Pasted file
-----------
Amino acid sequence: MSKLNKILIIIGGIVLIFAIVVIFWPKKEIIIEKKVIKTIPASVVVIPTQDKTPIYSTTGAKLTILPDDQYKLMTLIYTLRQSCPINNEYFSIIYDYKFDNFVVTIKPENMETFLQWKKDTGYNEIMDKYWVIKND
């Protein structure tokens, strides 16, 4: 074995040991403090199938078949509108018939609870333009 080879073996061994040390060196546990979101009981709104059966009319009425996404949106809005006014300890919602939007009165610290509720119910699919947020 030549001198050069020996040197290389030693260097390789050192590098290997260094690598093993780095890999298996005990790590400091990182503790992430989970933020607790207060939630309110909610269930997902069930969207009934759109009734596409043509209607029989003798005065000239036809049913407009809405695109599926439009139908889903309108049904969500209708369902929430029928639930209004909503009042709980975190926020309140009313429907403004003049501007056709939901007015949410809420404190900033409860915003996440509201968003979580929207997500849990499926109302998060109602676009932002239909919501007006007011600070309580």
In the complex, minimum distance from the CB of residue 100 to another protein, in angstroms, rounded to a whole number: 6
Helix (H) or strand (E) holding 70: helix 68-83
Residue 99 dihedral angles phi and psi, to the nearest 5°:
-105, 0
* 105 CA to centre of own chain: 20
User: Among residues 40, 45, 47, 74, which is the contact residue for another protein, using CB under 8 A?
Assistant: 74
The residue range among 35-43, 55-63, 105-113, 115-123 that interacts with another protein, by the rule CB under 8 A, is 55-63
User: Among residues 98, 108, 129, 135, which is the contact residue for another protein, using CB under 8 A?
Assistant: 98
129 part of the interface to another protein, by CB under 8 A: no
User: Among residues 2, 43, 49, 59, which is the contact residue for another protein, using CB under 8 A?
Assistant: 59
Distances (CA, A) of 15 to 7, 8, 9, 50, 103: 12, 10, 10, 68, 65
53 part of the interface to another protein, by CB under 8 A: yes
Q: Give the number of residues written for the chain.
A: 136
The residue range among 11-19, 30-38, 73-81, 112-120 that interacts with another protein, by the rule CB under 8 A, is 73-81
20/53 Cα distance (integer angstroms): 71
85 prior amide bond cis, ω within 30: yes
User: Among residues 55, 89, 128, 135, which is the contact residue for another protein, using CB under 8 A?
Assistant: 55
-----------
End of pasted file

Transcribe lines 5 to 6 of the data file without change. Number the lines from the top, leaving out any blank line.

Residue 99 dihedral angles phi and psi, to the nearest 5°:
-105, 0